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On Theater: ‘Kings’ goes behind the political scenes

On Theater: ‘Kings’ goes behind the political scenes
Tracey A. Leigh is a rookie representative and Jules Willcox is a lobbyist in the Sarah Burgess play “Kings,” which runs through Nov. 10 at South Coast Repertory. (Photo by Debora Robinson/SCR)

When Jesse Unruh famously observed that “money is the mother’s milk of politics,” he could be credited as an inspiration for Sarah Burgess’s dramatic comedy “Kings,” the current production at South Coast Repertory.

“Kings” is all about the greenbacks and how they figure into the political landscape. Issues also emerge, and eventually they’re what keep the production on its feet as two legislators, a veteran and a novice, tangle in the quest for support.

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Burgess initially builds her play around two lobbyists, both young and female, who play the game from differing perspectives. They are interesting, but hardly arresting, and the story lags until the members of Congress enter the picture.

Paige Lindsey White is the sparkling Lauren, a longtime confidante of a powerful Texas senator with presidential ambitions. Jules Willcox enacts the comparatively drab Kate, who bonds with the newcomer congresswoman. Both are convincing but hardly inspirational.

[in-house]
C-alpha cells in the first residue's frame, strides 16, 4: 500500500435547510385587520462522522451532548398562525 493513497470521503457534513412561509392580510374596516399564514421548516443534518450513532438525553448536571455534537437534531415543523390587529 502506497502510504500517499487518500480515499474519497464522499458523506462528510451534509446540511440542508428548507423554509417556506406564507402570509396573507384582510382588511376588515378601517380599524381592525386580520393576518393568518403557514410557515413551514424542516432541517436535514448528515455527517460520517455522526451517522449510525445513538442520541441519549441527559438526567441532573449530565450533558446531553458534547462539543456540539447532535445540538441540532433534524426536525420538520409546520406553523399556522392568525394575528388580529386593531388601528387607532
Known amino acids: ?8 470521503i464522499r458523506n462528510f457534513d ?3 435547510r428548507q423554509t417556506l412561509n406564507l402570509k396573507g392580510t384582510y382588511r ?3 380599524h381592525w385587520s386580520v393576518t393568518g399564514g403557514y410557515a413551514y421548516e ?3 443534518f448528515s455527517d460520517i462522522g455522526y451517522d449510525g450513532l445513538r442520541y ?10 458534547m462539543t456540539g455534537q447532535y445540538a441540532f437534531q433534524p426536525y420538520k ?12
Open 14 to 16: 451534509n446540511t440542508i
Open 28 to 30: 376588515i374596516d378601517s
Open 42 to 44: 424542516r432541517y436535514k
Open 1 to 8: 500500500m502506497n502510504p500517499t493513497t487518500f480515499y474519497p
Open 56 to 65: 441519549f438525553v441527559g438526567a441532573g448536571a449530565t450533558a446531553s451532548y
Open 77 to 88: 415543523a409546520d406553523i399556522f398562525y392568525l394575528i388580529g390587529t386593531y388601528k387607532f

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That quality comes with the arrival of Tracey A. Leigh as the rookie representative with a strong B.S. monitor, who’ll accept donations but won’t be bought. Leigh delivers a sharp, snappy performance as a newly minted politician with untainted moral values.

The heavy lifting in “Kings” is provided by Richard Doyle, an SCR founding artist who’s been with the company since it began in the mid-1960s and hasn’t lost his touch as an engaging actor. Doyle shakes things up royally as the veteran senator who wants to be president but who faces a potentially career-ending reelection bid.

When the two legislators square off in a televised debate, the play hits its peak as Doyle and Leigh fight tooth and nail, each with a career at stake. Almost as satisfying is their convivial conversation in a cocktail lounge following the election.

Director Dámaso Rodríguez keeps the action running smoothly through innumerable scenic transitions, which are masterfully executed by set designer Efren Delgadillo Jr. Peter Maradudin's lighting effects play a major role in the play’s effectiveness.

“Kings” may lean a little too heavily on political back channels, and thus may prove a bit chatty, but its performers deliver handily in this topical treatise on ambition and governance at South Coast Repertory.

Tom Titus reviews local theater.

IF YOU GO

What: “Kings”

Where: South Coast Repertory, 650 Town Center Drive, Costa Mesa

When: Nightly except Mondays at varying curtain times through Nov. 10

Cost: $21 to $85

Call: (714) 708-5555

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